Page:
|Publication number||US5726607 A|
|Application number||US 08/192,071|
|Publication date||Mar 10, 1998|
|Filing date||Feb 4, 1994|
|Priority date||Jun 15, 1992|
|Publication number||08192071, 192071, US 5726607 A, US 5726607A, US-A-5726607, US5726607 A, US5726607A|
|Inventors||Jeffrey Brede, Adam Opoczynski, James W. Ott|
|Original Assignee||Adc Telecommunications, Inc.|
|Export Citation||BiBTeX, EndNote, RefMan|
|Patent Citations (3), Referenced by (108), Classifications (21), Legal Events (8)|
|External Links: USPTO, USPTO Assignment, Espacenet|
This is a continuation-in-part of application Ser. No. 07/898,791, filed Jun. 15, 1992 and now abandoned.
This invention relates generally to the field of communication systems, and more specifically to a digitally controlled phase locked loop for generating a derived clock signal which is frequency locked to a reference clock signal.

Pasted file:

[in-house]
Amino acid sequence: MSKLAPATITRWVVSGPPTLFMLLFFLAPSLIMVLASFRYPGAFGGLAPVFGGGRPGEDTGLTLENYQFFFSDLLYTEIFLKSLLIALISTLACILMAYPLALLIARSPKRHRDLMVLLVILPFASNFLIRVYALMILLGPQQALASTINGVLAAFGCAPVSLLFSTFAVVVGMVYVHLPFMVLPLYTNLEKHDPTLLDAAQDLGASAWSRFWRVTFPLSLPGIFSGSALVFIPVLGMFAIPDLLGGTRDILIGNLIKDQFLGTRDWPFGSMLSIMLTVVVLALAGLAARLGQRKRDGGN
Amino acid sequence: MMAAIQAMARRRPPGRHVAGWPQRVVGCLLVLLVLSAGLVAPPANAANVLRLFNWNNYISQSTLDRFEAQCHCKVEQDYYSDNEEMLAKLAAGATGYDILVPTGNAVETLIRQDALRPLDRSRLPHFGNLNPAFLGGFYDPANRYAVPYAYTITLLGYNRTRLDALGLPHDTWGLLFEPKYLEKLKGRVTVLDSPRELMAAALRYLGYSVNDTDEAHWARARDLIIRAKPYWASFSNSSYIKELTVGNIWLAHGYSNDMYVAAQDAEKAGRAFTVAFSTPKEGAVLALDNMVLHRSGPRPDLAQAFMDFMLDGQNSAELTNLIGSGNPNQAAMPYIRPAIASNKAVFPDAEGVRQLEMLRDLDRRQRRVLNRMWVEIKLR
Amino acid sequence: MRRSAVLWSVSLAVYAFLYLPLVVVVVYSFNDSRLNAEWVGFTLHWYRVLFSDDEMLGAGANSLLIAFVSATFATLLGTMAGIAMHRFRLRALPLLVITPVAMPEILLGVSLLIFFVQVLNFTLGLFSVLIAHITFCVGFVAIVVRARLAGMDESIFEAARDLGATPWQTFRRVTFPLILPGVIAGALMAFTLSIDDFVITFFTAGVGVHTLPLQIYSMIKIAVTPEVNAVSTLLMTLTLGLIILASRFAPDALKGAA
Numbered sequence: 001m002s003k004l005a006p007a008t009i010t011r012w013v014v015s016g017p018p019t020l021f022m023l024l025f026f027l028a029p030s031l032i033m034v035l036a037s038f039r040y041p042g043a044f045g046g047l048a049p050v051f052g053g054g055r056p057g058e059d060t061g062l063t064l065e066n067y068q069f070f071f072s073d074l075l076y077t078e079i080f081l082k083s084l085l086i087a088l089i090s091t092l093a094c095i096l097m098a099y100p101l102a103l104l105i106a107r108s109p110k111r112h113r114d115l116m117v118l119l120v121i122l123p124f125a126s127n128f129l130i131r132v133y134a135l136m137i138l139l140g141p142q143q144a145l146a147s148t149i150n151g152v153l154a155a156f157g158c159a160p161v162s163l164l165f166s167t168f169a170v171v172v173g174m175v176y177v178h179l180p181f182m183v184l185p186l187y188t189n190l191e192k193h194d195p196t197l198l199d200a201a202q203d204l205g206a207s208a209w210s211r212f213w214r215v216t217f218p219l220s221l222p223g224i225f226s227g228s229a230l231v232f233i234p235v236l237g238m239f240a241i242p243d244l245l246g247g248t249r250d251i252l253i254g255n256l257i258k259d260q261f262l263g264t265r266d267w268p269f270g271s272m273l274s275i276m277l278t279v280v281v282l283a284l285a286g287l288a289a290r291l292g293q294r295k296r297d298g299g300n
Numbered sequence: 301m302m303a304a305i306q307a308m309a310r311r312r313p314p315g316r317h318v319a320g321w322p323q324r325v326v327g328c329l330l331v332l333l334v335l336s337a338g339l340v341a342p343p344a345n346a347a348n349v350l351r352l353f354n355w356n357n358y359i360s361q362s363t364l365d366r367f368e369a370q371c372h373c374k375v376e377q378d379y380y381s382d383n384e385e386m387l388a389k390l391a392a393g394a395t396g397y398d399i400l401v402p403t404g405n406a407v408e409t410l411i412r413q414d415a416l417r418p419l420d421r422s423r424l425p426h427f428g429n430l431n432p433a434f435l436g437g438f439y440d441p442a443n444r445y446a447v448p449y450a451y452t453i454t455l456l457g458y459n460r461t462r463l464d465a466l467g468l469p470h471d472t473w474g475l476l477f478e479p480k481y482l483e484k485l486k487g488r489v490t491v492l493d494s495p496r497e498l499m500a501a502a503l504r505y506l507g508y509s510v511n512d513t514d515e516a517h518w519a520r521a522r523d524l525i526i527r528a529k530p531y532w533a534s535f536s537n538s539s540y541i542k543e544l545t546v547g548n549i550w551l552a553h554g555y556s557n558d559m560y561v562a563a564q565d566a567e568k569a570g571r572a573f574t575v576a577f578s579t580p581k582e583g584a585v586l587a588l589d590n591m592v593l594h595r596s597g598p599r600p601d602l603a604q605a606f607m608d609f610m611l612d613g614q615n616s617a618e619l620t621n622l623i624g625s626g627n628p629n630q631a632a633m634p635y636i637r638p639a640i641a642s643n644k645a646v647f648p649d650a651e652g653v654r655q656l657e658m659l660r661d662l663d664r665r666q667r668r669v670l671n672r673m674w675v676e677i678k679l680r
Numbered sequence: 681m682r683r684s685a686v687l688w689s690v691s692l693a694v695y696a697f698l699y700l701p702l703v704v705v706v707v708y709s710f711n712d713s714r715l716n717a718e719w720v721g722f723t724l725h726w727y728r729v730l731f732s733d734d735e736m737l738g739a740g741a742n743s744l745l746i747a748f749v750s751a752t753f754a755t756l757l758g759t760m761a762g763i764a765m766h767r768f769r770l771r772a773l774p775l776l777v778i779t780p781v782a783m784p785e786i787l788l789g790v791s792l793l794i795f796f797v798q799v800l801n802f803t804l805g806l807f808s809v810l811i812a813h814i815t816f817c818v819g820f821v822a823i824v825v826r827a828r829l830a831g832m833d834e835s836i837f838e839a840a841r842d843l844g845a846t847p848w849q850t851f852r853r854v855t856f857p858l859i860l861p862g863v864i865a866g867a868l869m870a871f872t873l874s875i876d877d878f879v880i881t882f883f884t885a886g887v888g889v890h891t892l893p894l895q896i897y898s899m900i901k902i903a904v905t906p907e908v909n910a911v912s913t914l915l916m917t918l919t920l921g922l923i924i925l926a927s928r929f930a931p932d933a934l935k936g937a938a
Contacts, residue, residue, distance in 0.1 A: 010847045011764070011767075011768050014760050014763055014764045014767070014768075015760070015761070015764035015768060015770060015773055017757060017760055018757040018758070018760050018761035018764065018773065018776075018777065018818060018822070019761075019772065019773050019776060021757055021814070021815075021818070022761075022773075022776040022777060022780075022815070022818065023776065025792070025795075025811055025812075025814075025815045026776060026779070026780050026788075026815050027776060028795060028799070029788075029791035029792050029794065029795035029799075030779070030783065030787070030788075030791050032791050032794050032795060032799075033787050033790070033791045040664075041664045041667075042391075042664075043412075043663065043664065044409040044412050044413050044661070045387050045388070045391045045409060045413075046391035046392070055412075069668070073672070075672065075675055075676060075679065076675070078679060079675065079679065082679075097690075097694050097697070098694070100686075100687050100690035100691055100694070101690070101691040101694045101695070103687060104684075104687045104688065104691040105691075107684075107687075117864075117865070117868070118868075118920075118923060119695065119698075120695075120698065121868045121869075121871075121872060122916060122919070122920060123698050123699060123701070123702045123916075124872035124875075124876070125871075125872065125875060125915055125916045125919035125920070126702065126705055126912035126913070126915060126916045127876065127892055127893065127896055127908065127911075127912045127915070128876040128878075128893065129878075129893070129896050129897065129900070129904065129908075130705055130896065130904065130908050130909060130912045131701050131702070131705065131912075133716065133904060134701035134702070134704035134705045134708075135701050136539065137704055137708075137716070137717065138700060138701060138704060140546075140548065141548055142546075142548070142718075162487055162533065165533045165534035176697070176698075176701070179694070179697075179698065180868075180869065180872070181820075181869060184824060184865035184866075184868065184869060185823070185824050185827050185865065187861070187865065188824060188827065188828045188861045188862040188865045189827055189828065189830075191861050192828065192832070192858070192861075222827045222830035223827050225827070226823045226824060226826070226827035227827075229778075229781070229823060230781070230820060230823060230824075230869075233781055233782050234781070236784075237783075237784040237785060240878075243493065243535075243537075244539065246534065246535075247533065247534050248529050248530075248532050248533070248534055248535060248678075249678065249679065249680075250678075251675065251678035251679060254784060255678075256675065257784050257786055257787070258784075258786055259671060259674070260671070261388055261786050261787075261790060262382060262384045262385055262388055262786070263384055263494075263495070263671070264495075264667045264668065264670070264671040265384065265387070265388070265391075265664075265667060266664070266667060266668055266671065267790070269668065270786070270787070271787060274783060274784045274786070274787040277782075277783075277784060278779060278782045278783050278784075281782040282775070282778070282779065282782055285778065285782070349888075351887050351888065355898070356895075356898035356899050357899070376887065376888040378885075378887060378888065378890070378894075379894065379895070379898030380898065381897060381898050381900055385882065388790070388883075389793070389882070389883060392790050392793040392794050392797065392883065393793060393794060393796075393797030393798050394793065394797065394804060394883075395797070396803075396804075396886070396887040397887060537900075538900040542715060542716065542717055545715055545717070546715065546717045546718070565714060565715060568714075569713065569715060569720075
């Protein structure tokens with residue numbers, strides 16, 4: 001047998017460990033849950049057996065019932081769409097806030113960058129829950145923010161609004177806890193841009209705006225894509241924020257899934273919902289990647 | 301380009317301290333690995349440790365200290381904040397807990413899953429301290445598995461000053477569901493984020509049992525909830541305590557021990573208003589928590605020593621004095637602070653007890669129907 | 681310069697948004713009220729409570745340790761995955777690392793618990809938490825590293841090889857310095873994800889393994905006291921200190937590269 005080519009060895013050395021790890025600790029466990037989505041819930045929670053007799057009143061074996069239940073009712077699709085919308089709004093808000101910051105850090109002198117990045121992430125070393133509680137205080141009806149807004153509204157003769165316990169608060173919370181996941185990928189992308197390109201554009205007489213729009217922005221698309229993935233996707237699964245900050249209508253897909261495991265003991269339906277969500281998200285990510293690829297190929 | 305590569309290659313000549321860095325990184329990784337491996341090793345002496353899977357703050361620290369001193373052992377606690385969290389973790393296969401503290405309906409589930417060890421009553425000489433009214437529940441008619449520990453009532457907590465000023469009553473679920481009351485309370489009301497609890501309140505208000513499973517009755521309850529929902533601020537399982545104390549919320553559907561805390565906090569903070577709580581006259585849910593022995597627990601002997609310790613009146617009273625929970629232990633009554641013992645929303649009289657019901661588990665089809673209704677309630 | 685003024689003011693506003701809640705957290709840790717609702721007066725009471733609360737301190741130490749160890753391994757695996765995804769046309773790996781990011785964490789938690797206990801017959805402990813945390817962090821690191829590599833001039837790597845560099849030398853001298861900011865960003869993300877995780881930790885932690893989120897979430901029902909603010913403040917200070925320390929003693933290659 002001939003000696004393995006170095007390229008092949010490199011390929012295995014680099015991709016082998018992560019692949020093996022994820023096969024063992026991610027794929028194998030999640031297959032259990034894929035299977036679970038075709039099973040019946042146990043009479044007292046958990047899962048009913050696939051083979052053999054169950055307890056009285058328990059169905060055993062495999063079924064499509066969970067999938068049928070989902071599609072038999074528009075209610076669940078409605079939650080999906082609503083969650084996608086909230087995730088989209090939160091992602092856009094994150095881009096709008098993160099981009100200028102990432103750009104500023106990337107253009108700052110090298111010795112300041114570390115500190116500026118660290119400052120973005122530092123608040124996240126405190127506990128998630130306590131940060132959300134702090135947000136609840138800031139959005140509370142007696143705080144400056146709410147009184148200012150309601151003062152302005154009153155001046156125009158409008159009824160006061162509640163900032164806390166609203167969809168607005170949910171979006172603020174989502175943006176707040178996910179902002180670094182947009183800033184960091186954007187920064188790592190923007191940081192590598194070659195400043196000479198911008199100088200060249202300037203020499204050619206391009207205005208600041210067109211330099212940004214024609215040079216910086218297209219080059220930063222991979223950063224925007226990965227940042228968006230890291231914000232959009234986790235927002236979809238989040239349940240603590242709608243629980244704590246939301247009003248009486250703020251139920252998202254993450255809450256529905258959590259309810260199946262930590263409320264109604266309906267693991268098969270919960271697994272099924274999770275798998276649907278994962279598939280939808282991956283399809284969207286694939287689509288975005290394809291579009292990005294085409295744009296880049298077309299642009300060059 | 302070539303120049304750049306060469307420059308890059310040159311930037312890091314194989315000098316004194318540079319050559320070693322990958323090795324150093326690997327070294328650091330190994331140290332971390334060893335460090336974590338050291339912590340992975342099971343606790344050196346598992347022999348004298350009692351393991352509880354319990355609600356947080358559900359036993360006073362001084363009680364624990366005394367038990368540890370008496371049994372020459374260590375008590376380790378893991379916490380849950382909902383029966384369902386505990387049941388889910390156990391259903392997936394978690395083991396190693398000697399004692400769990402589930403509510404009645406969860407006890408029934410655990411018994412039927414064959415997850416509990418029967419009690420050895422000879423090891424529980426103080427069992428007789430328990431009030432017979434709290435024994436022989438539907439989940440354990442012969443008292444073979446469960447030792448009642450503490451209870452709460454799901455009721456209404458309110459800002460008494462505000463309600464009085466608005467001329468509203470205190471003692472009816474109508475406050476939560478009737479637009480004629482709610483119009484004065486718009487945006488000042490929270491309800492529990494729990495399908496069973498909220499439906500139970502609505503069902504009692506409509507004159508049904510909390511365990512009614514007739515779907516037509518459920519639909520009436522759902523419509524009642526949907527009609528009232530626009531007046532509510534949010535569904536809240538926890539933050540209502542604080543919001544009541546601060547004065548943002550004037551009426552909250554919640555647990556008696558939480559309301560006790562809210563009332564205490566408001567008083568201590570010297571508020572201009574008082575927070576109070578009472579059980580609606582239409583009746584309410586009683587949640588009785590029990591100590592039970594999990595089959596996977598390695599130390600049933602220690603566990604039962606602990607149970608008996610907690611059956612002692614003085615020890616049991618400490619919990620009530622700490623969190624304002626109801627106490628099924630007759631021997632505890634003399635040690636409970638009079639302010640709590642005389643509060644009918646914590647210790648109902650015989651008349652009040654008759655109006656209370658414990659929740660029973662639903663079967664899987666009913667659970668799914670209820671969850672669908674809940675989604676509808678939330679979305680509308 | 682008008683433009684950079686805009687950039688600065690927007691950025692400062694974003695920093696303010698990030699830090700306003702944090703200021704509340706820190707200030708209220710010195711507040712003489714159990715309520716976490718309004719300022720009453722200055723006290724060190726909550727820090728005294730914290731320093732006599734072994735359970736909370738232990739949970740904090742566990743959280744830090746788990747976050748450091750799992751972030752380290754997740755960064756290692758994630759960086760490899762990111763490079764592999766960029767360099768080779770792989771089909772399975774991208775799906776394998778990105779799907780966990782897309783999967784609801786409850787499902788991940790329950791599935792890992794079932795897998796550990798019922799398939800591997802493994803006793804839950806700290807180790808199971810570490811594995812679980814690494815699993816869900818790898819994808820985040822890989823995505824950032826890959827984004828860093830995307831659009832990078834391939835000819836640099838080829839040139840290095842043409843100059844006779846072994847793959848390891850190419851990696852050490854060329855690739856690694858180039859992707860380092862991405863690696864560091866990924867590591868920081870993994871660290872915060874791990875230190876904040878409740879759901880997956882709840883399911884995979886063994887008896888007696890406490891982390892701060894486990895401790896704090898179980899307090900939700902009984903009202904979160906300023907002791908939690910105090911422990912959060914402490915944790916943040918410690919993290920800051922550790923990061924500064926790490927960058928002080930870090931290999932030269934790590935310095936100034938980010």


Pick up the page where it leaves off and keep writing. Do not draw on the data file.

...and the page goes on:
Communications systems require that the operation of synchronous transmission and switching equipment be coordinated. Generally, a communications network is comprised of many different pieces of synchronous electronic equipment, each having its own independent clock source. In order for the network to function properly and to ensure complete transmission of information over the network, these independent clocks must be synchronized to each other and traceable to a central frequency reference.